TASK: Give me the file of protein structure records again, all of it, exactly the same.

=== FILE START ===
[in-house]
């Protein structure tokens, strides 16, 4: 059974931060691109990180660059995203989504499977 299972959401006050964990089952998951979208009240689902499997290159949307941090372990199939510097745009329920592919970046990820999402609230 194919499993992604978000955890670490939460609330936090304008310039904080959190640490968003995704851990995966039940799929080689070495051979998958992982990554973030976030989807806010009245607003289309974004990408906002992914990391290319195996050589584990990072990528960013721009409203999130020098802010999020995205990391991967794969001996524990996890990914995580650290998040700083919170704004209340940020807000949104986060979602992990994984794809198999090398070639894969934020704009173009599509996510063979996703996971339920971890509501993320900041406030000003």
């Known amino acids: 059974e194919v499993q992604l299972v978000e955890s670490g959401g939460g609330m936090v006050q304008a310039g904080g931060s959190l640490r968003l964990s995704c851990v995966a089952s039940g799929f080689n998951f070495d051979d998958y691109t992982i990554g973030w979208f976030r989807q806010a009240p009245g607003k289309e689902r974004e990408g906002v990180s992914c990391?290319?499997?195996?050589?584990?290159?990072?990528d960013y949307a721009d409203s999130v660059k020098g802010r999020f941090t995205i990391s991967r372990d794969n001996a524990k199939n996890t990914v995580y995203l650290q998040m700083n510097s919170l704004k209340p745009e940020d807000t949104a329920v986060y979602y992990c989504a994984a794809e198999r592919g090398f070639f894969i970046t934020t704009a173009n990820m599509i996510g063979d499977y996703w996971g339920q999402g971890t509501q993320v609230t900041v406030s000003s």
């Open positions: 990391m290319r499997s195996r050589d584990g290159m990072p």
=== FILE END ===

[in-house]
């Protein structure tokens, strides 16, 4: 059974931060691109990180660059995203989504499977 299972959401006050964990089952998951979208009240689902499997290159949307941090372990199939510097745009329920592919970046990820999402609230 194919499993992604978000955890670490939460609330936090304008310039904080959190640490968003995704851990995966039940799929080689070495051979998958992982990554973030976030989807806010009245607003289309974004990408906002992914990391290319195996050589584990990072990528960013721009409203999130020098802010999020995205990391991967794969001996524990996890990914995580650290998040700083919170704004209340940020807000949104986060979602992990994984794809198999090398070639894969934020704009173009599509996510063979996703996971339920971890509501993320900041406030000003």
């Known amino acids: 059974e194919v499993q992604l299972v978000e955890s670490g959401g939460g609330m936090v006050q304008a310039g904080g931060s959190l640490r968003l964990s995704c851990v995966a089952s039940g799929f080689n998951f070495d051979d998958y691109t992982i990554g973030w979208f976030r989807q806010a009240p009245g607003k289309e689902r974004e990408g906002v990180s992914c990391?290319?499997?195996?050589?584990?290159?990072?990528d960013y949307a721009d409203s999130v660059k020098g802010r999020f941090t995205i990391s991967r372990d794969n001996a524990k199939n996890t990914v995580y995203l650290q998040m700083n510097s919170l704004k209340p745009e940020d807000t949104a329920v986060y979602y992990c989504a994984a794809e198999r592919g090398f070639f894969i970046t934020t704009a173009n990820m599509i996510g063979d499977y996703w996971g339920q999402g971890t509501q993320v609230t900041v406030s000003s």
């Open positions: 990391m290319r499997s195996r050589d584990g290159m990072p």